Mozilla, the Business Killa?

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Industry groups: Firefox's new feature.
Industry groups: Firefox's new feature.

Interactive Advertising Bureau (IAB) president Randall Rothenberg yesterday called for Mozilla to rescind planned changes to Firefox, saying that it will jeopardize small businesses. At the Direct Marketing Association's (DMA) DC conference yesterday, Stuart Ingis, counsel of the Digital Advertising Alliance (DAA), observed that Mozilla could also hurt its own business by providing a solution to a problem that doesn't exist.

Mozilla's proposed new version of Firefox will, by default, block third-party cookies (when an individual visits a web page, a cookie placed by an external site is a third-party cookie; conversely, a cookie placed by the site the individual is visiting is a first-party cookie). As a result of Mozilla's changes, advertisers who set first-party cookies—typically large businesses with extensive advertising resources—will have a competitive advantage over advertisers who don't.

“Small businesses can't afford to hire large ad sales teams. Advertisers can't afford the time to make individual buys across thousands of websites,” Rothenberg said in a statement condemning Mozilla's proposed release. “The technology  that brings these two interests together is the third-party cookie.”

Mozilla aims to make Firefox more appealing to consumers who fear having their privacy violated by advertisers that create profiles of them based on their online behaviors. Ingis pointed out to DMA members that all consumers already have the option to block third-party cookies from individual advertisers or from all of them at once by clicking a single button on the DAA website.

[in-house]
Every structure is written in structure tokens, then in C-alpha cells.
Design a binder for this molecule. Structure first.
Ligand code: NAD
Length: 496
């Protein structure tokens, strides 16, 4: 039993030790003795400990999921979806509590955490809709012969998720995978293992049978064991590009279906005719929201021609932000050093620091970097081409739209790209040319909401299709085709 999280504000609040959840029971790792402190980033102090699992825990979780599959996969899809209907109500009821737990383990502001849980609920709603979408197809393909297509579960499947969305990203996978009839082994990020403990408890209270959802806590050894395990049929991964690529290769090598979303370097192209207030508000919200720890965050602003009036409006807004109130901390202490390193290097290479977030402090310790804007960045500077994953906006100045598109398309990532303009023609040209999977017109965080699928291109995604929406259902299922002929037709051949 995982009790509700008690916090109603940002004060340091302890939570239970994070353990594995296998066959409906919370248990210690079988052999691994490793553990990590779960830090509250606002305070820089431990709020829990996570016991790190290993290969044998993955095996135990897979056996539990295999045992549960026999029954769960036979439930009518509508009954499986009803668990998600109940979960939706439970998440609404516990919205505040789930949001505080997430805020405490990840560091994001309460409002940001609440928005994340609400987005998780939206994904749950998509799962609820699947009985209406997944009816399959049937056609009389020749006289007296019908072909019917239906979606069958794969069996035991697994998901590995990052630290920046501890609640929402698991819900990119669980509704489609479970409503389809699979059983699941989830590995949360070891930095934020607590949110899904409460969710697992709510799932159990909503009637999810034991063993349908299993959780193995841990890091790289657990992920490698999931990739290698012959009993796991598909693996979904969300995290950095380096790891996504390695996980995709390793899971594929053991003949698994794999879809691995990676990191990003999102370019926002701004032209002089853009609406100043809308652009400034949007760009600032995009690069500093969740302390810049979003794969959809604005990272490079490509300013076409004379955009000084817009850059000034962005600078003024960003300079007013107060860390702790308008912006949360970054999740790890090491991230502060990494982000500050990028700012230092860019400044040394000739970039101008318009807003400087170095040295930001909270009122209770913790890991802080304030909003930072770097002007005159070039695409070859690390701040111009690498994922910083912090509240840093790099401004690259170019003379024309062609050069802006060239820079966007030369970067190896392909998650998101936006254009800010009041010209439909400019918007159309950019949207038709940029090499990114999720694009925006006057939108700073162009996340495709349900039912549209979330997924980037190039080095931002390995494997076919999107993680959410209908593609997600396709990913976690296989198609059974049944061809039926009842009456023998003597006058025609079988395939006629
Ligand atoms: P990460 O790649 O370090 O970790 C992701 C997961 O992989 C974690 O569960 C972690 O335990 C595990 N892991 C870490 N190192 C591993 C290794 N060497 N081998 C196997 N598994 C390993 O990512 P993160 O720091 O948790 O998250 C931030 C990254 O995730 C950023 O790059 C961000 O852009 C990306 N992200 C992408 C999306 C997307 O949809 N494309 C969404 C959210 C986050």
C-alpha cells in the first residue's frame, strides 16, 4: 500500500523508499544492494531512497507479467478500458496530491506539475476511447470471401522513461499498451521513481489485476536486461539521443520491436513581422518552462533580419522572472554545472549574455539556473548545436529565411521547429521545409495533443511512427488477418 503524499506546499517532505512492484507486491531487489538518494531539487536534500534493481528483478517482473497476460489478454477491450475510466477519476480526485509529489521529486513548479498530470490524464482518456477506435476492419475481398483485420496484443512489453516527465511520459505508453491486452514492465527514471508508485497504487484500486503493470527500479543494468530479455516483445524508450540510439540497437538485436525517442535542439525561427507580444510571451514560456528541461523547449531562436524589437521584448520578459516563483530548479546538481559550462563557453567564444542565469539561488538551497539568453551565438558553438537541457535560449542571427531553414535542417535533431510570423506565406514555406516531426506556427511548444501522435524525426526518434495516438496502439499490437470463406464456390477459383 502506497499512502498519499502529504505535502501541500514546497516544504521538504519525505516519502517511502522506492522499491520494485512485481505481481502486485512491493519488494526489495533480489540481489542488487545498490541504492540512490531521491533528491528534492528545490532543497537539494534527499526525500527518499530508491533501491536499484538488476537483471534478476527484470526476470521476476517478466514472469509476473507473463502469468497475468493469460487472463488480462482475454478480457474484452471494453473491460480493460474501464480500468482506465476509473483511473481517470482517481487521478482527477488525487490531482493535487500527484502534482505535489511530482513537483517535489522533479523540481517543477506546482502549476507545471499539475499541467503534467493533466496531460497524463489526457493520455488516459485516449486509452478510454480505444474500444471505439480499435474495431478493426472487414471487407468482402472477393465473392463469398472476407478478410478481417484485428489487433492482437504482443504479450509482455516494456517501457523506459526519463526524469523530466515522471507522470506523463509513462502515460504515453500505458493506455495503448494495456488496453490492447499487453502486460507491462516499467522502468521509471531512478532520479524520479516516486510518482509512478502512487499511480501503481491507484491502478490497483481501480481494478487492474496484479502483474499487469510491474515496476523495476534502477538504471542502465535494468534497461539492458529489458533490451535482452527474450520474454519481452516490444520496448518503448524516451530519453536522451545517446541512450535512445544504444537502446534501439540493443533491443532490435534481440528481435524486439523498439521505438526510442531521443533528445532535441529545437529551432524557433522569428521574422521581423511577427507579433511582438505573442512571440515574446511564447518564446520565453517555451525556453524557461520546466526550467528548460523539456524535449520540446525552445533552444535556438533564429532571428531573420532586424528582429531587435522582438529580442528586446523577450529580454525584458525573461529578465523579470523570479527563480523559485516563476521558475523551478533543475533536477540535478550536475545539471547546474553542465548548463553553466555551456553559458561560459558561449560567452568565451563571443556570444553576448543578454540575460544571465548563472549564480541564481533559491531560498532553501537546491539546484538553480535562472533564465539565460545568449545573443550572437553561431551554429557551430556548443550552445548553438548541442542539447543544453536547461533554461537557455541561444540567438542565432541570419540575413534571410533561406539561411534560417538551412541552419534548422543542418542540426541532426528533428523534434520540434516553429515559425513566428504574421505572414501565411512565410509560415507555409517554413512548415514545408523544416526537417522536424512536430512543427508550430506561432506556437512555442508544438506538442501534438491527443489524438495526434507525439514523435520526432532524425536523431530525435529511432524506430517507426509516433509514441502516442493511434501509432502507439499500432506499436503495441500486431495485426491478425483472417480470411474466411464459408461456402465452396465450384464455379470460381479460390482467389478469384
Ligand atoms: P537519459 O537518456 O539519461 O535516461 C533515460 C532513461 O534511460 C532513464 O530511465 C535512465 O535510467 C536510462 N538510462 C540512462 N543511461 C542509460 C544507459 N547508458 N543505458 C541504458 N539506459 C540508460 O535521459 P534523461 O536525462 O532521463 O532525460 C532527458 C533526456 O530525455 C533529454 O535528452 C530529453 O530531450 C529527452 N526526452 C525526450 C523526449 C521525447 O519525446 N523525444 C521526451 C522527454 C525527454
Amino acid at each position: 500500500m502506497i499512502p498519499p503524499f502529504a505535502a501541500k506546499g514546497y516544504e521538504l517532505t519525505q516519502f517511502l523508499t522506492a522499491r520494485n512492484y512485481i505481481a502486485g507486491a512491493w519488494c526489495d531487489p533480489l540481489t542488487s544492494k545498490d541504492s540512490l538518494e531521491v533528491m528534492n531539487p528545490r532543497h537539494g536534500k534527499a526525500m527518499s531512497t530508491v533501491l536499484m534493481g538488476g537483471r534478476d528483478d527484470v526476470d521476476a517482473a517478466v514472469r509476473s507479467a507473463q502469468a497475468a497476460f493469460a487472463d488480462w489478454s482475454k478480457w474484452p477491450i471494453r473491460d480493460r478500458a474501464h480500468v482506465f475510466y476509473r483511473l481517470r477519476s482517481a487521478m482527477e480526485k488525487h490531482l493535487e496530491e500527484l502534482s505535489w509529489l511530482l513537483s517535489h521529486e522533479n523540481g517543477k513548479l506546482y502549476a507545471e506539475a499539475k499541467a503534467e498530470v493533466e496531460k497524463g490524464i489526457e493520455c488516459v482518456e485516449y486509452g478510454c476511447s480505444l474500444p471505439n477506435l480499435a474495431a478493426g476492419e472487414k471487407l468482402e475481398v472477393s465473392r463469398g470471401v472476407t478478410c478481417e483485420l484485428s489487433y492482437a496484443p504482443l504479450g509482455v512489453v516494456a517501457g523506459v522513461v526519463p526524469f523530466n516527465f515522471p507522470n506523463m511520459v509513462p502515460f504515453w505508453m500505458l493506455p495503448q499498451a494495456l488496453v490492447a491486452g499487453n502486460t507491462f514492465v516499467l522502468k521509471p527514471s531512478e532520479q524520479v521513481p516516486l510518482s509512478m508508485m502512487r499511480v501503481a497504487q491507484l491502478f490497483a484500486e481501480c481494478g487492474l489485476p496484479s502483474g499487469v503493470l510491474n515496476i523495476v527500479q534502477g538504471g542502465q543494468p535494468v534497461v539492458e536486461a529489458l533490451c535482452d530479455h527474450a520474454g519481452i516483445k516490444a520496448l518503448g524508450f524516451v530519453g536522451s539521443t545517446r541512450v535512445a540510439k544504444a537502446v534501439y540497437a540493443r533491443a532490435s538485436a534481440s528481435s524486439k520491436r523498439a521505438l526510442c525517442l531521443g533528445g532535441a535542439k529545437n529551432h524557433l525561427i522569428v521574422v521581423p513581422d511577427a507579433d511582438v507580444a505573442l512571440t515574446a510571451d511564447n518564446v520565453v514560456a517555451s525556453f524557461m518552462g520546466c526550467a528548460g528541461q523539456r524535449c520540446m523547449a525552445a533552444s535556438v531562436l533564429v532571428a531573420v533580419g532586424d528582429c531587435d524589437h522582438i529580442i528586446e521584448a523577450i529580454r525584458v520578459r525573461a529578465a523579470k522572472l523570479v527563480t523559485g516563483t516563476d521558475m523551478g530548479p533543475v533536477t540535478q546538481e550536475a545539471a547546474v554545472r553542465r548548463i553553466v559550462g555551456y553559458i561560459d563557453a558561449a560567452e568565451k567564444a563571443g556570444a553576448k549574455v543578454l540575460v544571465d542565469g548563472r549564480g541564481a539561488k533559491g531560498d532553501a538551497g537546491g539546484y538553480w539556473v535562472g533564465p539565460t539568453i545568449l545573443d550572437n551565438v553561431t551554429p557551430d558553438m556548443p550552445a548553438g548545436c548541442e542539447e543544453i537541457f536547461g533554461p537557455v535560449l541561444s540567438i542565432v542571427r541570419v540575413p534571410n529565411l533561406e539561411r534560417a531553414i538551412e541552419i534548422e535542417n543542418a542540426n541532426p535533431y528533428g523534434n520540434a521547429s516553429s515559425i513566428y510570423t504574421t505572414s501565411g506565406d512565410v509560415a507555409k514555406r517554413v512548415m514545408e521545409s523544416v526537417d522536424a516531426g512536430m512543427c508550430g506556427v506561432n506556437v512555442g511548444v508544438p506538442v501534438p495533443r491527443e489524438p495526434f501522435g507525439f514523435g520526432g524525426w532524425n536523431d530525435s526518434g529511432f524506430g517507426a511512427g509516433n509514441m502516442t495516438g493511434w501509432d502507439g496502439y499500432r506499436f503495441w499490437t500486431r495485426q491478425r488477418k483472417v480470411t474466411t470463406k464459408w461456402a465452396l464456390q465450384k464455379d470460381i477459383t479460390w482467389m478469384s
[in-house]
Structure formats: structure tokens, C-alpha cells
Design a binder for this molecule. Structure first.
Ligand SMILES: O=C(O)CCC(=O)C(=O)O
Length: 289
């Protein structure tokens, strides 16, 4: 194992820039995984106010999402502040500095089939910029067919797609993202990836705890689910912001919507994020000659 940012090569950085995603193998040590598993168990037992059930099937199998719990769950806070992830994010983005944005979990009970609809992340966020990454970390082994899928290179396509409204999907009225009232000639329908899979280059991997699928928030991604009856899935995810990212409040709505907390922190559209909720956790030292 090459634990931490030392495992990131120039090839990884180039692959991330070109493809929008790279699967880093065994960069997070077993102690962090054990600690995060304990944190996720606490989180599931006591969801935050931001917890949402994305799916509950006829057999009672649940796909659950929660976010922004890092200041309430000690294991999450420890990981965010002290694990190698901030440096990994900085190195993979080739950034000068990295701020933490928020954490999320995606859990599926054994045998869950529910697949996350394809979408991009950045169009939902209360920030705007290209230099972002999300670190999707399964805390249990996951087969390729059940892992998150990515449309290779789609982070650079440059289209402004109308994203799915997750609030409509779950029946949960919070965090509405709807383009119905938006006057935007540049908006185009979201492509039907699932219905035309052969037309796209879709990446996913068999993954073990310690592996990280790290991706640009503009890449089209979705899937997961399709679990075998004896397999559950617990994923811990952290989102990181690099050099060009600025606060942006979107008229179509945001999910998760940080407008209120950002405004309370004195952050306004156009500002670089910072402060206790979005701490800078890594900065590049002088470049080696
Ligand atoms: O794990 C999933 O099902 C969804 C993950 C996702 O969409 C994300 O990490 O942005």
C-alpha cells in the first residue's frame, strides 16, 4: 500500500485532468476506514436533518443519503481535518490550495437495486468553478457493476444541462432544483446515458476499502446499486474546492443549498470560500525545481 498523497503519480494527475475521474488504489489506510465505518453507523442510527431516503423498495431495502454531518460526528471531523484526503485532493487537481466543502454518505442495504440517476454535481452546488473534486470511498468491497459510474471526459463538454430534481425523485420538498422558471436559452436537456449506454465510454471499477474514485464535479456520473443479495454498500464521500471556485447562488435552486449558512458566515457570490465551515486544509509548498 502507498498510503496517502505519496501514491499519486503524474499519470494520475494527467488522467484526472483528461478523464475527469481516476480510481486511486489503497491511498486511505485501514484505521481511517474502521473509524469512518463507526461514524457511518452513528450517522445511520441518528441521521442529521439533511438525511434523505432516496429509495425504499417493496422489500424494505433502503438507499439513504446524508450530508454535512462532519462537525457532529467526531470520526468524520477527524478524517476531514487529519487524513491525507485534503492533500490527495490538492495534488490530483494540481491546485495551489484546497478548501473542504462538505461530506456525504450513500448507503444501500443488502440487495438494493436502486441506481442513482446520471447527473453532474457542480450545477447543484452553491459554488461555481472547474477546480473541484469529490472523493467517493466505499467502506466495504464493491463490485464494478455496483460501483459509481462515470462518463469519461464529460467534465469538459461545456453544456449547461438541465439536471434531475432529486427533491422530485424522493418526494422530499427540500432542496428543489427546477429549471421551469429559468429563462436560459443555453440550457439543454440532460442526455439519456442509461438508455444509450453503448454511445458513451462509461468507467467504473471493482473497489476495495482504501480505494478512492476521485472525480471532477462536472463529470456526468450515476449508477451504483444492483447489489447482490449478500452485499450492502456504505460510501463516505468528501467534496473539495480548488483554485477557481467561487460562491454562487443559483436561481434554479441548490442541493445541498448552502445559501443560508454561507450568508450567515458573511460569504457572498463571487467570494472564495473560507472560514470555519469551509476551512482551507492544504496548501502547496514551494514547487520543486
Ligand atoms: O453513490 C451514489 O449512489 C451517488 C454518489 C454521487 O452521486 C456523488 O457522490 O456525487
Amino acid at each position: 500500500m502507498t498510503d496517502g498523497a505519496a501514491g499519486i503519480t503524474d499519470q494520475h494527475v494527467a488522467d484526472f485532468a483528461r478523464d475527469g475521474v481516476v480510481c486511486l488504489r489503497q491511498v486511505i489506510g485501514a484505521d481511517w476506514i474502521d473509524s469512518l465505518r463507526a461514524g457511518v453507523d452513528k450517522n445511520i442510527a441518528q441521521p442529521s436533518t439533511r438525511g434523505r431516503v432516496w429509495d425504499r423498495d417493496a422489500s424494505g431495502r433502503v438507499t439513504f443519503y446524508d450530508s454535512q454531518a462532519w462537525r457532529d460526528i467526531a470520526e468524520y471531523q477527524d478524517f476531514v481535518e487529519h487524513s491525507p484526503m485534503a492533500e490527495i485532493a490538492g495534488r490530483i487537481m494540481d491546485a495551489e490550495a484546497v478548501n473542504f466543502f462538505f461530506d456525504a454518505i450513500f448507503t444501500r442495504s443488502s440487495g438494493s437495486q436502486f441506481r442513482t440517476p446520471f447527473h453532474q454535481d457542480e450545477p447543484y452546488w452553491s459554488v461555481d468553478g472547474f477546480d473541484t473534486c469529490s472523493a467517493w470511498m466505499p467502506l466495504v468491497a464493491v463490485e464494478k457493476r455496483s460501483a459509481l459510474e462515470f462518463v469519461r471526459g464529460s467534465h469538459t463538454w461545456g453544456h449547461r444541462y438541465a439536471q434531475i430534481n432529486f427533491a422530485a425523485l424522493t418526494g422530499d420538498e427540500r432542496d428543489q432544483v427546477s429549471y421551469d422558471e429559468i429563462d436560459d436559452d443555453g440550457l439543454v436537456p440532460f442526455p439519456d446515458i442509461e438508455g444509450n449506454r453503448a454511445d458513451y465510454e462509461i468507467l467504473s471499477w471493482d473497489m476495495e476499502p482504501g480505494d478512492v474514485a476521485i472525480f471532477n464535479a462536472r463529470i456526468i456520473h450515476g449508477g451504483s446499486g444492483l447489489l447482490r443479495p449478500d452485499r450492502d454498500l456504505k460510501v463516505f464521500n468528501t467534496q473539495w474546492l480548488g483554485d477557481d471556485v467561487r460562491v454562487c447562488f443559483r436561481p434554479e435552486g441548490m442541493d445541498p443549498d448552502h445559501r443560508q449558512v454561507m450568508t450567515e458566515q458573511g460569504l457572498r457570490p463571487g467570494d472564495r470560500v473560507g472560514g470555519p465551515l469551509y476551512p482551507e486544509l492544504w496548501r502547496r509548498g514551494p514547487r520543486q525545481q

“Cookies are the entire way that behavioral advertising and clickstream data is collected and used today,” said Ingis. “So if the real notion of Mozilla is to stop that kind of collection, that option has existed for some time now.”

Ingis further questioned whether Mozilla truly took consumers' attitudes into account on the issue, noting that many welcome relevant offers from advertisers and appreciate the free content advertising revenue provides. “Some 20 million consumers have visited [the DAA] site and more than a million have opted out of cookies,” he said. “Presented with the option, more people don't opt out than do.”

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